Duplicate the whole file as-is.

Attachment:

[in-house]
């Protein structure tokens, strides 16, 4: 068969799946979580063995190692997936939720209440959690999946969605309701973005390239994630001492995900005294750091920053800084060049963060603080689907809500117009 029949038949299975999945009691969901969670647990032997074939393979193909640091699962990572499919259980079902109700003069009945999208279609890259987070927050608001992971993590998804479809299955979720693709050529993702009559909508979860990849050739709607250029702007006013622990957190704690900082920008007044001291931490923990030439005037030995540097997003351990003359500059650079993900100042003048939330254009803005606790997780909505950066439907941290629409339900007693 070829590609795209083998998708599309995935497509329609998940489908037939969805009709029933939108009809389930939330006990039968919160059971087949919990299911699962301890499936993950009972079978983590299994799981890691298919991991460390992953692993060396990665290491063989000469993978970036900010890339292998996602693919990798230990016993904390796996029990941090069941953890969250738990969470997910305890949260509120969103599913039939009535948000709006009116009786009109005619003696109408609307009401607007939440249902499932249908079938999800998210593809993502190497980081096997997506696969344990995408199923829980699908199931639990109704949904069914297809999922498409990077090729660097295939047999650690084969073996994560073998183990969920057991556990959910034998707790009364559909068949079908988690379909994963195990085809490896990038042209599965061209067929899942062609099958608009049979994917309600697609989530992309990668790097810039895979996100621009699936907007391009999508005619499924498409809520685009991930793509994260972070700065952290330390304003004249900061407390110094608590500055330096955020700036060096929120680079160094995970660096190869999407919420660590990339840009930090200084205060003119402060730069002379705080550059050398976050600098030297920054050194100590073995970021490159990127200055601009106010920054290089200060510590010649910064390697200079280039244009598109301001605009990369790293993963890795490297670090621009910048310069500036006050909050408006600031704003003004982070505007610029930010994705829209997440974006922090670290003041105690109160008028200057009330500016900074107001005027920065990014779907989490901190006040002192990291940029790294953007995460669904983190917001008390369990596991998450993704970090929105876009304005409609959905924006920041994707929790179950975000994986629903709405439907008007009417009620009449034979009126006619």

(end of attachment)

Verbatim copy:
[in-house]
């Protein structure tokens, strides 16, 4: 068969799946979580063995190692997936939720209440959690999946969605309701973005390239994630001492995900005294750091920053800084060049963060603080689907809500117009 029949038949299975999945009691969901969670647990032997074939393979193909640091699962990572499919259980079902109700003069009945999208279609890259987070927050608001992971993590998804479809299955979720693709050529993702009559909508979860990849050739709607250029702007006013622990957190704690900082920008007044001291931490923990030439005037030995540097997003351990003359500059650079993900100042003048939330254009803005606790997780909505950066439907941290629409339900007693 070829590609795209083998998708599309995935497509329609998940489908037939969805009709029933939108009809389930939330006990039968919160059971087949919990299911699962301890499936993950009972079978983590299994799981890691298919991991460390992953692993060396990665290491063989000469993978970036900010890339292998996602693919990798230990016993904390796996029990941090069941953890969250738990969470997910305890949260509120969103599913039939009535948000709006009116009786009109005619003696109408609307009401607007939440249902499932249908079938999800998210593809993502190497980081096997997506696969344990995408199923829980699908199931639990109704949904069914297809999922498409990077090729660097295939047999650690084969073996994560073998183990969920057991556990959910034998707790009364559909068949079908988690379909994963195990085809490896990038042209599965061209067929899942062609099958608009049979994917309600697609989530992309990668790097810039895979996100621009699936907007391009999508005619499924498409809520685009991930793509994260972070700065952290330390304003004249900061407390110094608590500055330096955020700036060096929120680079160094995970660096190869999407919420660590990339840009930090200084205060003119402060730069002379705080550059050398976050600098030297920054050194100590073995970021490159990127200055601009106010920054290089200060510590010649910064390697200079280039244009598109301001605009990369790293993963890795490297670090621009910048310069500036006050909050408006600031704003003004982070505007610029930010994705829209997440974006922090670290003041105690109160008028200057009330500016900074107001005027920065990014779907989490901190006040002192990291940029790294953007995460669904983190917001008390369990596991998450993704970090929105876009304005409609959905924006920041994707929790179950975000994986629903709405439907008007009417009620009449034979009126006619």